Lot 51. A Safavid green-glazed pottery ewer, Iran, first half 17th century; 15 5/8in. (39.5cm.) highEstimate GBP 6,000 - GBP 8,000 (USD 7,536 - USD 10,048). © Christie's Images Ltd 2020. 

On short foot, the green-glazed bulbous body tapering to a narrow neck, decorated with repeated floral rosettes, later Qajar brass handle, spout and lid, the neck with repaired break, small chips to foot

Note: This ewer covered with an opaque pale green glaze belongs to a small, distinctive group of Safavid monochrome glazed pottery designed to imitate Chinese celadon ware. Thin smears of ‘golden syrup’ glaze different in colour from the rest of the body were commonly applied under the foot, as also seen in our example. The form of the ewer is based on 17th century Safavid metalwork. There is a pale-green glazed ewer of comparable form and with a similar band of moulded rosettes around the neck in the Victoria and Albert Museum, London (acc.no. 1300-1876; Lane, 1957, p.71, ill.p.108, plate 93C). For two Safavid bottles in this sale with monochrome glaze and floral decoration, see lots 49 and 50.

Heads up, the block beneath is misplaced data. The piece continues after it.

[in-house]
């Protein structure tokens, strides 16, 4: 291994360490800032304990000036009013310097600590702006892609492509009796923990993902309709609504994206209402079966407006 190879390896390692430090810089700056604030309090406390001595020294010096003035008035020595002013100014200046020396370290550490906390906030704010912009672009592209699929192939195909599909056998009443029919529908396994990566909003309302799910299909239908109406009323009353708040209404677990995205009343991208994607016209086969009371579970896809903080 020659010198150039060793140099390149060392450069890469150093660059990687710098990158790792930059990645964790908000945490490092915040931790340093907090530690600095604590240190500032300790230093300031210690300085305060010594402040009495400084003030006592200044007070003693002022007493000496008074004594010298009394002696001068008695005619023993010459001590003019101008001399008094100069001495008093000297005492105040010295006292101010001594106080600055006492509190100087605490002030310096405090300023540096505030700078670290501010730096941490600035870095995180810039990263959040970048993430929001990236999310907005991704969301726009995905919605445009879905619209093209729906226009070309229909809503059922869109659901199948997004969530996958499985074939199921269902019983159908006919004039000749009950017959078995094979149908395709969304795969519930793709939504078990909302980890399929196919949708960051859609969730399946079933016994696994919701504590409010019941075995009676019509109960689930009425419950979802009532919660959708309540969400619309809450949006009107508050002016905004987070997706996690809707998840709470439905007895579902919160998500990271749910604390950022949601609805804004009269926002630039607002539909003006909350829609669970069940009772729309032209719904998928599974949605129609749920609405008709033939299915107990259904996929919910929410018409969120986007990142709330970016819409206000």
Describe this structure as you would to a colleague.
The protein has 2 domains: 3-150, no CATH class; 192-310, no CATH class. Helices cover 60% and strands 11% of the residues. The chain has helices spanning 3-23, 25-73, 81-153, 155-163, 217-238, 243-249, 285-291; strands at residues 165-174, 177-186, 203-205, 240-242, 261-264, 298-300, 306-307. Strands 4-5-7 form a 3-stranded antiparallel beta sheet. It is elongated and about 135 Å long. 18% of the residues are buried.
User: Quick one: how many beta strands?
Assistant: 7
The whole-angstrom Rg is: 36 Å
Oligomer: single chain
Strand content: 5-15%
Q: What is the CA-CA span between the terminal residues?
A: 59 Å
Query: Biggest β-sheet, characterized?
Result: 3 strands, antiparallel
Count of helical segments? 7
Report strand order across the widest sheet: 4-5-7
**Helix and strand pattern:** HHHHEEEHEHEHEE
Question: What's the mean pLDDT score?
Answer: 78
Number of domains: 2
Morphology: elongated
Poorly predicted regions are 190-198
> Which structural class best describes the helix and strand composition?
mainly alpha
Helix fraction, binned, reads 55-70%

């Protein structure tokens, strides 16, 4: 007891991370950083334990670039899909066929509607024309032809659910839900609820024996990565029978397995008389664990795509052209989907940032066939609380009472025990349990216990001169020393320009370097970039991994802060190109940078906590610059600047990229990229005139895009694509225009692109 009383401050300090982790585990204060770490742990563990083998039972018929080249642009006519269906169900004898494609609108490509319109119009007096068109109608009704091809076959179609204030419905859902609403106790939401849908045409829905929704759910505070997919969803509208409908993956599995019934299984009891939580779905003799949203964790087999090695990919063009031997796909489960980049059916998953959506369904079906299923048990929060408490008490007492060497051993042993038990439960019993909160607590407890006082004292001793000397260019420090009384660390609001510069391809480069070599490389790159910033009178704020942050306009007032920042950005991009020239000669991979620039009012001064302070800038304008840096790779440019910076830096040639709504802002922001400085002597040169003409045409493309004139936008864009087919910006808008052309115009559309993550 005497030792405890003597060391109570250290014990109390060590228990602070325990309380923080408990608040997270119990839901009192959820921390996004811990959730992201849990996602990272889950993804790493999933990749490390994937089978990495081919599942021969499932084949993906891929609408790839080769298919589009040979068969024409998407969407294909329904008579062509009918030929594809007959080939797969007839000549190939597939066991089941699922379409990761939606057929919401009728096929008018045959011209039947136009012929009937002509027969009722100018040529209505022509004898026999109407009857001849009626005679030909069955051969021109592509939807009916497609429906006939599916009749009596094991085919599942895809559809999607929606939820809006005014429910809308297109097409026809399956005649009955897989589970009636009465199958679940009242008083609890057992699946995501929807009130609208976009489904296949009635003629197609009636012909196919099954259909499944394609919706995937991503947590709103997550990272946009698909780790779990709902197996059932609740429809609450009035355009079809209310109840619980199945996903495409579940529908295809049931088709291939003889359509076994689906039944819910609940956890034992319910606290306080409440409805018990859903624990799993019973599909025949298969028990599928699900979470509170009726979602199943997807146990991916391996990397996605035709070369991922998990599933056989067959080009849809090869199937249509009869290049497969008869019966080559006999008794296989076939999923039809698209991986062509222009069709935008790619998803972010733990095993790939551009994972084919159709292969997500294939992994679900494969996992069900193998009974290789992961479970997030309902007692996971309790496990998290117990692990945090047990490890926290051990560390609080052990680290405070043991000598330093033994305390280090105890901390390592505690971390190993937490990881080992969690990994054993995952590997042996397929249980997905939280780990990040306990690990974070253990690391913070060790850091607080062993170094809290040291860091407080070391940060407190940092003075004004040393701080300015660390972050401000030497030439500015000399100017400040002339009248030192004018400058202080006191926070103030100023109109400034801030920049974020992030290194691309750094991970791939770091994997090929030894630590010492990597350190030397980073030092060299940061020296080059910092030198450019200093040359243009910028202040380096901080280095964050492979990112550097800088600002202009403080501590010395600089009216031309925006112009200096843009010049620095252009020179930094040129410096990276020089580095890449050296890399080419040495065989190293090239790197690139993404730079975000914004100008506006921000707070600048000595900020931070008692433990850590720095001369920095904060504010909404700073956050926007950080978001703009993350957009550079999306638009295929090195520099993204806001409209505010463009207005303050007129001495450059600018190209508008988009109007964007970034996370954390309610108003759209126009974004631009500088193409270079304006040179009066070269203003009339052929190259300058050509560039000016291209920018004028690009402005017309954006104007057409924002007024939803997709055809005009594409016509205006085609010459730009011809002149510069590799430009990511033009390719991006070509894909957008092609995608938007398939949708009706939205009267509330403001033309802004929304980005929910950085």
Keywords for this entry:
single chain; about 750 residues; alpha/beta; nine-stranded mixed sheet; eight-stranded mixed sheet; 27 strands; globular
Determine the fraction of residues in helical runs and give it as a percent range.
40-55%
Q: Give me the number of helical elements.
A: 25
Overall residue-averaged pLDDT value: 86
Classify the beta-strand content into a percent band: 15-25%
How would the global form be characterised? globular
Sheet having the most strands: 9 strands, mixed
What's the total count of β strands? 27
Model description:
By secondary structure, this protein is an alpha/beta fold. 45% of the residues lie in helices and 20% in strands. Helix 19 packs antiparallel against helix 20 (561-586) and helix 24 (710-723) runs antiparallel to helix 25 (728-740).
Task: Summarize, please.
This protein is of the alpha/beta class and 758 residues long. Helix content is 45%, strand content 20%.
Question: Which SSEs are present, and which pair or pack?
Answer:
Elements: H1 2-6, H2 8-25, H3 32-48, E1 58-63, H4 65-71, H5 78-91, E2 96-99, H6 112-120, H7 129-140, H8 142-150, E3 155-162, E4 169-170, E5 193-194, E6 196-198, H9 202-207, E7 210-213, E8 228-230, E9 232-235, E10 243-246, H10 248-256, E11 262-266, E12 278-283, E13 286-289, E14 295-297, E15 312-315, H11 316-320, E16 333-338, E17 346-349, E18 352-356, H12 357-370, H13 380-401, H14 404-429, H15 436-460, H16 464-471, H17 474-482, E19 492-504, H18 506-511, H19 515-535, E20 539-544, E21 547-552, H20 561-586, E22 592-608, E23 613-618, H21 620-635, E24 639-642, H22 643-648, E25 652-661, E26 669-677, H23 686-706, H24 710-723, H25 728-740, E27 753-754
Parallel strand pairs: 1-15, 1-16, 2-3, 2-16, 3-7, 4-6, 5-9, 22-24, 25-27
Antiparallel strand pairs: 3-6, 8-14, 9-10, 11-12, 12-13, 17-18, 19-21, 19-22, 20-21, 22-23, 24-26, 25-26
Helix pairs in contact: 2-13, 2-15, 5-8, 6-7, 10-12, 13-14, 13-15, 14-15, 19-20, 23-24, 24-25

Christie's. Art of the Islamic and Indian Worlds Including Oriental Rugs and Carpets, London, 2 April 2020